How do permanent supportive housing (PSH) programs help health systems address the social determinants of health and generate potential cost-savings? What methods do PSH programs use for recruitment? What were the characteristics of the initial cohort of participants with regard to their demographics, service utilization, and health care costs generated in the year before program enrollment?
Homelessness is a pervasive public health problem in the United States—affecting more than half a million individuals on any given night. Recently, state Medicaid expansion and movement away from fee-for-service payment models have fostered an increased interest in supportive housing programs implemented by health plans, hospitals, and large health systems to address homelessness and high health care service utilization. In this report, the authors assess the baseline implementation of a permanent supportive housing (PSH) program administered by a large not-for-profit Medicaid and Medicare managed care plan in Southern California, describing program operations; participant demographic, clinical, health service utilization characteristics; and medical costs.
This effort drew from electronic medical records and programmatic data tracking systems. The program enrolled 164 adult health plan beneficiaries with self-reported homelessness and multimorbid medical or behavioral health conditions from April 2018 through October 2019. Program participants were predominantly male, middle-aged, and racially/ethnically diverse, with complex, multimorbid health conditions. The median number of past-year health conditions recorded was 17, generating an average health care expenditure of $70,447 per patient-year (i.e., year of patient enrollment). This compared with an average of three health conditions and an expenditure of $3,898 per patient-year for the typical managed care plan beneficiary. The most commonly reported health conditions among participants included type 2 diabetes, skin and bacterial infections, and septicemia. Baseline findings from this PSH program indicate its success in identifying and enrolling high-need individuals.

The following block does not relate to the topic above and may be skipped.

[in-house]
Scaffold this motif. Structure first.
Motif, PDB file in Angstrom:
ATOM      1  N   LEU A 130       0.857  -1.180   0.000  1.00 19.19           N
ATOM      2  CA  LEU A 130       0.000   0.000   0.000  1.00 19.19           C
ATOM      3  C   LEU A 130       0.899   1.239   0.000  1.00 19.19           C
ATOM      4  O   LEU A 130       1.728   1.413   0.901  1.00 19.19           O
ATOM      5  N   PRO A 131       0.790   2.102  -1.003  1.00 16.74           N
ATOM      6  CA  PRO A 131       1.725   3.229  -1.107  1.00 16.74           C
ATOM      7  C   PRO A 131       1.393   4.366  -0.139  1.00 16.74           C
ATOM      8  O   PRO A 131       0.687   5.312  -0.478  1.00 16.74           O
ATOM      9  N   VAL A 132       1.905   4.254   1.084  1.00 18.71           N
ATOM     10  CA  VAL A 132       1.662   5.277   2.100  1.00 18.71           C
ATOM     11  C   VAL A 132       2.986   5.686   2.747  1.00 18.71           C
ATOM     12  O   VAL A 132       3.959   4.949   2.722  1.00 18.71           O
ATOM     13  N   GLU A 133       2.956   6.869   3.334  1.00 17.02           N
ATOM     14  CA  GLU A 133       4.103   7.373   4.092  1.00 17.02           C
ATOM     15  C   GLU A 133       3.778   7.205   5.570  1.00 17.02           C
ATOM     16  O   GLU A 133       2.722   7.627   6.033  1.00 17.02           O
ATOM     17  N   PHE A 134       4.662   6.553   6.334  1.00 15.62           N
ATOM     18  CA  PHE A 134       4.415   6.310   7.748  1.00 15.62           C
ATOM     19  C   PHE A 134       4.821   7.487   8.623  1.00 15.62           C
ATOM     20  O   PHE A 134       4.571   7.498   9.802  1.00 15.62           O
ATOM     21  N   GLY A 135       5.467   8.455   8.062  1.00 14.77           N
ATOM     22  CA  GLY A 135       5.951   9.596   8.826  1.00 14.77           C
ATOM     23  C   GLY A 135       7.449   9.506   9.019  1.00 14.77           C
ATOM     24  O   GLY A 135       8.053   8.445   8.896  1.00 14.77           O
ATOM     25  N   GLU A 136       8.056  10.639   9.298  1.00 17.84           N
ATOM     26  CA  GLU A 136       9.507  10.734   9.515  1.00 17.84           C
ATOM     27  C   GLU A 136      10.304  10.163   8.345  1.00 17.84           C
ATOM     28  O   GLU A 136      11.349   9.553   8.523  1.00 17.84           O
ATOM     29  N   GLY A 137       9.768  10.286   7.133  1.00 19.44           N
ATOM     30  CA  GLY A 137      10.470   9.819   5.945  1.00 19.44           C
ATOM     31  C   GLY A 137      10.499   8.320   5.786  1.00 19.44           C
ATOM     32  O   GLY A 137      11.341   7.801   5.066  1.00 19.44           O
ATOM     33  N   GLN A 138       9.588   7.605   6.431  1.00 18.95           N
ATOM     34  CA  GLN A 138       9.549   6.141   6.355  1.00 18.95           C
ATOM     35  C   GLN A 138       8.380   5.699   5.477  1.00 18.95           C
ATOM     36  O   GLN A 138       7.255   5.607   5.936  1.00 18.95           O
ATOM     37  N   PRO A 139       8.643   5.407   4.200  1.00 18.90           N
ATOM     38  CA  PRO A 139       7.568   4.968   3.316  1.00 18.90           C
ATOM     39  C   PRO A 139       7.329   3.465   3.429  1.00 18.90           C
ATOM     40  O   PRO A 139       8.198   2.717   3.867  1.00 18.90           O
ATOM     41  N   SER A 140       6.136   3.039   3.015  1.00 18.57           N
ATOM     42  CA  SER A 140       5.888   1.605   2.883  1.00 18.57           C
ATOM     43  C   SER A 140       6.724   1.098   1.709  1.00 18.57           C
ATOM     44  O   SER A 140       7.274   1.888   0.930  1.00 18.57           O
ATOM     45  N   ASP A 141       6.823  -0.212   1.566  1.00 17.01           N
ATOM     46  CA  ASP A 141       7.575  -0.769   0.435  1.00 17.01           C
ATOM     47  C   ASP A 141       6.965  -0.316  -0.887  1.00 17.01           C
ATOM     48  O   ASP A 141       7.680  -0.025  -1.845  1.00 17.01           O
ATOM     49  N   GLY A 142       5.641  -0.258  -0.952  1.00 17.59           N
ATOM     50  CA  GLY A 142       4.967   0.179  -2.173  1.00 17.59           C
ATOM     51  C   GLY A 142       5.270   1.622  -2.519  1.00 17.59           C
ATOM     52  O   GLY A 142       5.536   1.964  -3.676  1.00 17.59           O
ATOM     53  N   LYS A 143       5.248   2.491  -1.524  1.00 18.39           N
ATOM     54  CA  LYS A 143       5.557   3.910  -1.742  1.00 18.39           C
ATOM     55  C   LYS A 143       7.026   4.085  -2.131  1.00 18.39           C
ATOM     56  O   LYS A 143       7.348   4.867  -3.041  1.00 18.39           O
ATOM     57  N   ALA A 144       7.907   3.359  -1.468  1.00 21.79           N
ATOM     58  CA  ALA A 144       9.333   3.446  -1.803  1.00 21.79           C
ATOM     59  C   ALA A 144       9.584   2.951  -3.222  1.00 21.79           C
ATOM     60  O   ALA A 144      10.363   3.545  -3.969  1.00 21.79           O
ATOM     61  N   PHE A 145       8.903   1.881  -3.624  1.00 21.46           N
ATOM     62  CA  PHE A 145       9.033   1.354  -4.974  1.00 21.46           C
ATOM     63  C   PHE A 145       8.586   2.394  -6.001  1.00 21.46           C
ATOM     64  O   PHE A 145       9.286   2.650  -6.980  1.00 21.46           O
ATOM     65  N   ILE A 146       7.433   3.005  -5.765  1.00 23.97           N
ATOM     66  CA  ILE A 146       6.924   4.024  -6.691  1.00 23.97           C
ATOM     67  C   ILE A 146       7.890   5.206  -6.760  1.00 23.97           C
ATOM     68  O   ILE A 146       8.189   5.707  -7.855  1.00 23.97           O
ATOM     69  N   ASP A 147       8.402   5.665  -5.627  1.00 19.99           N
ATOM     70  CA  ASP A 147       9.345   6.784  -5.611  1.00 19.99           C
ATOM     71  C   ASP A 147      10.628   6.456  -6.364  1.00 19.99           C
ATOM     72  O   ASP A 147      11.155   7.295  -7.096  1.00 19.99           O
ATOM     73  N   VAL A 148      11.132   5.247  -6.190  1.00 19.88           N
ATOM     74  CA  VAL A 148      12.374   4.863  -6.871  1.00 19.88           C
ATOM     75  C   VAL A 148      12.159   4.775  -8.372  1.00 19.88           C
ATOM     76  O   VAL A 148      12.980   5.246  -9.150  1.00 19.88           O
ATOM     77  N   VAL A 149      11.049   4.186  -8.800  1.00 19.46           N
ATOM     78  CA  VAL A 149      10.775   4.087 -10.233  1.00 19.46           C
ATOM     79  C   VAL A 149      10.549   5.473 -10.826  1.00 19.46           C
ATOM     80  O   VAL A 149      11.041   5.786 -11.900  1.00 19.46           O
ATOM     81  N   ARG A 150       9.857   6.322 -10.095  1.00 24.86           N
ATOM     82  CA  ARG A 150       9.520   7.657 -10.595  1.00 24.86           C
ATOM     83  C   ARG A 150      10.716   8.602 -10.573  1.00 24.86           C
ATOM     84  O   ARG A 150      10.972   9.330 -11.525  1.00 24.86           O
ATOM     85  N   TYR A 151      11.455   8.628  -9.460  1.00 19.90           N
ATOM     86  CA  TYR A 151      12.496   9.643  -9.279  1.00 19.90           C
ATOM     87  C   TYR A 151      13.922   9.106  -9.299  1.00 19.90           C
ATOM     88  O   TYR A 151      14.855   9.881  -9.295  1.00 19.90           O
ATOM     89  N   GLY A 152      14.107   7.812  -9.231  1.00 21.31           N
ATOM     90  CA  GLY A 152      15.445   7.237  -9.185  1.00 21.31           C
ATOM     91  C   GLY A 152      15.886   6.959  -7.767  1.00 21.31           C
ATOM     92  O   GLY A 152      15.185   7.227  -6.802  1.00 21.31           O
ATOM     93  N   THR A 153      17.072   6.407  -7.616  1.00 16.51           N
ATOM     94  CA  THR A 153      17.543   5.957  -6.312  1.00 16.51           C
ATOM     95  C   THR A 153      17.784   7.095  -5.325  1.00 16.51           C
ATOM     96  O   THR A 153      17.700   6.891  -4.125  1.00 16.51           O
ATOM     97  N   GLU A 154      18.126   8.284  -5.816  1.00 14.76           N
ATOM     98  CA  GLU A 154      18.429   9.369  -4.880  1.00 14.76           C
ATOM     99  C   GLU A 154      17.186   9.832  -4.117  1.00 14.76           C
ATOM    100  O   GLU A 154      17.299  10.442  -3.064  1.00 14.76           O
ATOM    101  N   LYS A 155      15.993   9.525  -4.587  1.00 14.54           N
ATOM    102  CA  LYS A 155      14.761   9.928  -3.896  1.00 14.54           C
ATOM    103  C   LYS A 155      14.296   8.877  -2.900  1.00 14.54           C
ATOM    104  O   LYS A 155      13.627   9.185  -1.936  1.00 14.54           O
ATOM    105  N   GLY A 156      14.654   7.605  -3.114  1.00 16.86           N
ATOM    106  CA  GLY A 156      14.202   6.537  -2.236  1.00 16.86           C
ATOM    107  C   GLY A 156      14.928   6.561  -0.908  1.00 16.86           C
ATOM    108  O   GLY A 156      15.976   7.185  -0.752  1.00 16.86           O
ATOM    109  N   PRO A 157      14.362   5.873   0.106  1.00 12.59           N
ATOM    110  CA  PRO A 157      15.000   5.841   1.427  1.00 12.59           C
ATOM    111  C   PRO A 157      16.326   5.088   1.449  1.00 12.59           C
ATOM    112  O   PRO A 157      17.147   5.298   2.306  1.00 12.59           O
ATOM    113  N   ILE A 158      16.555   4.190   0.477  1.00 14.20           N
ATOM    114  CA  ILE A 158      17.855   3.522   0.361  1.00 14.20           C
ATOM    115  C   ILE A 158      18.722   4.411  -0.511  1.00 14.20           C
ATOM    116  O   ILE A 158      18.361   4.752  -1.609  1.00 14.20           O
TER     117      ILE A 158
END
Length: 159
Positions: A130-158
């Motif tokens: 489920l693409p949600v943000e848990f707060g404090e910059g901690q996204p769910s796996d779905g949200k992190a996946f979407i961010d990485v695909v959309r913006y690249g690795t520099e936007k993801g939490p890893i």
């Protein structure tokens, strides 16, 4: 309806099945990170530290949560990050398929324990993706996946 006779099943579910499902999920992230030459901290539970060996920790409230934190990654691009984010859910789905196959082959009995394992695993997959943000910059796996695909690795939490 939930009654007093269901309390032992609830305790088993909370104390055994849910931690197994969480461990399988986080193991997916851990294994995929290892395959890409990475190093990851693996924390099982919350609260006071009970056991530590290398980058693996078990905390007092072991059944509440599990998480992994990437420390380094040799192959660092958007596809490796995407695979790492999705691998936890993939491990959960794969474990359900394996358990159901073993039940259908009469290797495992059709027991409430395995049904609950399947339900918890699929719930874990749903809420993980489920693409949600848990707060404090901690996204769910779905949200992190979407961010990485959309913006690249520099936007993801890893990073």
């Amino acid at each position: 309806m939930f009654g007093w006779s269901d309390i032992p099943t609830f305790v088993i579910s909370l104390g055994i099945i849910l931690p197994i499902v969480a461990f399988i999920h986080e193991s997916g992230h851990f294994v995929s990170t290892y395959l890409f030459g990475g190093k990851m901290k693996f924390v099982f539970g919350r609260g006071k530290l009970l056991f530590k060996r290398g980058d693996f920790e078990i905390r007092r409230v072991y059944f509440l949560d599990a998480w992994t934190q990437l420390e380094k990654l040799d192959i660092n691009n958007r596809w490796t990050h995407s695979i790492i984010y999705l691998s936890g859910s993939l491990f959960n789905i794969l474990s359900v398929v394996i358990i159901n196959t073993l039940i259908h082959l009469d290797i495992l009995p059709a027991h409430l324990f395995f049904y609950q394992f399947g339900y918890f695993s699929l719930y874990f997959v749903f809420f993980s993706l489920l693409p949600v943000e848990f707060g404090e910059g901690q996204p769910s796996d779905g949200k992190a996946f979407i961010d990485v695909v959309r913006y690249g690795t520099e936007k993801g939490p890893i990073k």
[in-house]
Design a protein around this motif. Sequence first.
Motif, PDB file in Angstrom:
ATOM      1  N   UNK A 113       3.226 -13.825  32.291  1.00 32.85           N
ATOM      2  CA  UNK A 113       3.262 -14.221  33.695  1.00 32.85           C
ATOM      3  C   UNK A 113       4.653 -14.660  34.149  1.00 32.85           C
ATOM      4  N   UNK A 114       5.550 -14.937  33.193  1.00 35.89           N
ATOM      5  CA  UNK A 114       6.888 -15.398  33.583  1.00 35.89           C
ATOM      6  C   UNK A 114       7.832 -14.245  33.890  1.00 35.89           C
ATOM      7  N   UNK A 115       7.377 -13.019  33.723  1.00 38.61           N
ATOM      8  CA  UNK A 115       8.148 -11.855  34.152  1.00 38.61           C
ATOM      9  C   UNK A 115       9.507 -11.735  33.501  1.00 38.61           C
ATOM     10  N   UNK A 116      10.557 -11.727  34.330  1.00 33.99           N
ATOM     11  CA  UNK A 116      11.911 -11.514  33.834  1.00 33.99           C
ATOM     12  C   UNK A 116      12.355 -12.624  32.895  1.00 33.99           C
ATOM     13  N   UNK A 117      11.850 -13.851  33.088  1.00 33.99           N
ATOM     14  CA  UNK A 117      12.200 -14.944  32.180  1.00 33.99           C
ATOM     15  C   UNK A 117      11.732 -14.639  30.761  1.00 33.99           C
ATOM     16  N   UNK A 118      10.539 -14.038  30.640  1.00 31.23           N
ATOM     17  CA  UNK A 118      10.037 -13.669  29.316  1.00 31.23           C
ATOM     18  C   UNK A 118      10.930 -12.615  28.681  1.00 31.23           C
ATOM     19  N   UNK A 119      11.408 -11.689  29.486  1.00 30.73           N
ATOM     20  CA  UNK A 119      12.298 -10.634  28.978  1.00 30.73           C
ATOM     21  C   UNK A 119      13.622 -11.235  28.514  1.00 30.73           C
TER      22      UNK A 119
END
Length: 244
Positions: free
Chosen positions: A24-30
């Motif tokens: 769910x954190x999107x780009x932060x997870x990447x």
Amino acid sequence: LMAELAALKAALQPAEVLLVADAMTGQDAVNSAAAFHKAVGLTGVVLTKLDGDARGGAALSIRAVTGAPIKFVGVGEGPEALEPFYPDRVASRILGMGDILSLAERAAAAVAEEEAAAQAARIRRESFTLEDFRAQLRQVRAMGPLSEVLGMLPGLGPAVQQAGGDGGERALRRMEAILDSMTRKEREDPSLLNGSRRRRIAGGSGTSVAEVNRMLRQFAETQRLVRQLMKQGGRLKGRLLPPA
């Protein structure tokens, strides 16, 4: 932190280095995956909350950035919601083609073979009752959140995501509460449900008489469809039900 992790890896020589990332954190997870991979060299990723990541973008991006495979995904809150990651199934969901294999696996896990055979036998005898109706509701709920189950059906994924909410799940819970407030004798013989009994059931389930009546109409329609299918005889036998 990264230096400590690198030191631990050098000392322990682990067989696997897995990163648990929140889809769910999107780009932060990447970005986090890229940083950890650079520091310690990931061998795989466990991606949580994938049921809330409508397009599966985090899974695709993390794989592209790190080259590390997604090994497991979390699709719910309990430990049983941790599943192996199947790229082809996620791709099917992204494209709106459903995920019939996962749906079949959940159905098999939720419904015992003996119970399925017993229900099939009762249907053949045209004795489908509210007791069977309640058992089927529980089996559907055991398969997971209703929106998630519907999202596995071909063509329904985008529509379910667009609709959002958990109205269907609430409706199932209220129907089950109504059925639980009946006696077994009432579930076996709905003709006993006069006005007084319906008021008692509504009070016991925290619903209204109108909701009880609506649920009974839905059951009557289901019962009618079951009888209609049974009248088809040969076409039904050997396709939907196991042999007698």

The managed care plan was successful in identifying and enrolling a cohort of high-need beneficiaries into its PSH program.
The data in the analysis demonstrate the complex physical and behavioral health needs of the population served by the PSH program, including high utilization of emergency. services and hospitalizations that resulted in significant health expenditures. The data also demonstrate the ability of the health care plan to efficiently identify patients who meet the criteria for significant health and housing needs and enroll them in a PSH program. Future efforts should examine whether and to what extent health care utilization and expenditures evolve in the 12 months subsequent to enrollment, relative to a comparable cohort of individuals who were not enrolled in a PSH program.
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